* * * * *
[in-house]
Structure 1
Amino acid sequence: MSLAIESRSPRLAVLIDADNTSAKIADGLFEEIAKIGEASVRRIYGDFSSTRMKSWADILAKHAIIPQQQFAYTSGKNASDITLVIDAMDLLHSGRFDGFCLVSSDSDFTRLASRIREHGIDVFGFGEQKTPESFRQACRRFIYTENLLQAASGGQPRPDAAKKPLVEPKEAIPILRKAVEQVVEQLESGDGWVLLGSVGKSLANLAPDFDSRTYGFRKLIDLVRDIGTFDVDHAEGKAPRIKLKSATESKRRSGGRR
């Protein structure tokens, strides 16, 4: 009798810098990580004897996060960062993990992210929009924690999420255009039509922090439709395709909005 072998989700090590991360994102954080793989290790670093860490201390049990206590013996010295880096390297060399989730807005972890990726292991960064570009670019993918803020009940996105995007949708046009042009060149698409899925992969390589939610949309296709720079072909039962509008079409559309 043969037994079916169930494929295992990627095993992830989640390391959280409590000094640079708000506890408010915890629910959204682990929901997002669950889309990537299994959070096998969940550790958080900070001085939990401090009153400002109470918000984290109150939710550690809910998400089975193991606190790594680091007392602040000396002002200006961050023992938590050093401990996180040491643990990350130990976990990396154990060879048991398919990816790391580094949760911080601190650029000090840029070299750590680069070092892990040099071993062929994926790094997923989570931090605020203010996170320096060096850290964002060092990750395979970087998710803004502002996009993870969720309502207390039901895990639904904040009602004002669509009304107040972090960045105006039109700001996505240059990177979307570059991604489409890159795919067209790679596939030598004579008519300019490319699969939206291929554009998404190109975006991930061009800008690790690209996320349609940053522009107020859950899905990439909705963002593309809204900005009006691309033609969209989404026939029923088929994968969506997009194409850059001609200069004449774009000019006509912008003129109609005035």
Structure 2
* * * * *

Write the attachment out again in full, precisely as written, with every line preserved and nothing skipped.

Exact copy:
[in-house]
Structure 1
Amino acid sequence: MSLAIESRSPRLAVLIDADNTSAKIADGLFEEIAKIGEASVRRIYGDFSSTRMKSWADILAKHAIIPQQQFAYTSGKNASDITLVIDAMDLLHSGRFDGFCLVSSDSDFTRLASRIREHGIDVFGFGEQKTPESFRQACRRFIYTENLLQAASGGQPRPDAAKKPLVEPKEAIPILRKAVEQVVEQLESGDGWVLLGSVGKSLANLAPDFDSRTYGFRKLIDLVRDIGTFDVDHAEGKAPRIKLKSATESKRRSGGRR
């Protein structure tokens, strides 16, 4: 009798810098990580004897996060960062993990992210929009924690999420255009039509922090439709395709909005 072998989700090590991360994102954080793989290790670093860490201390049990206590013996010295880096390297060399989730807005972890990726292991960064570009670019993918803020009940996105995007949708046009042009060149698409899925992969390589939610949309296709720079072909039962509008079409559309 043969037994079916169930494929295992990627095993992830989640390391959280409590000094640079708000506890408010915890629910959204682990929901997002669950889309990537299994959070096998969940550790958080900070001085939990401090009153400002109470918000984290109150939710550690809910998400089975193991606190790594680091007392602040000396002002200006961050023992938590050093401990996180040491643990990350130990976990990396154990060879048991398919990816790391580094949760911080601190650029000090840029070299750590680069070092892990040099071993062929994926790094997923989570931090605020203010996170320096060096850290964002060092990750395979970087998710803004502002996009993870969720309502207390039901895990639904904040009602004002669509009304107040972090960045105006039109700001996505240059990177979307570059991604489409890159795919067209790679596939030598004579008519300019490319699969939206291929554009998404190109975006991930061009800008690790690209996320349609940053522009107020859950899905990439909705963002593309809204900005009006691309033609969209989404026939029923088929994968969506997009194409850059001609200069004449774009000019006509912008003129109609005035």
Structure 2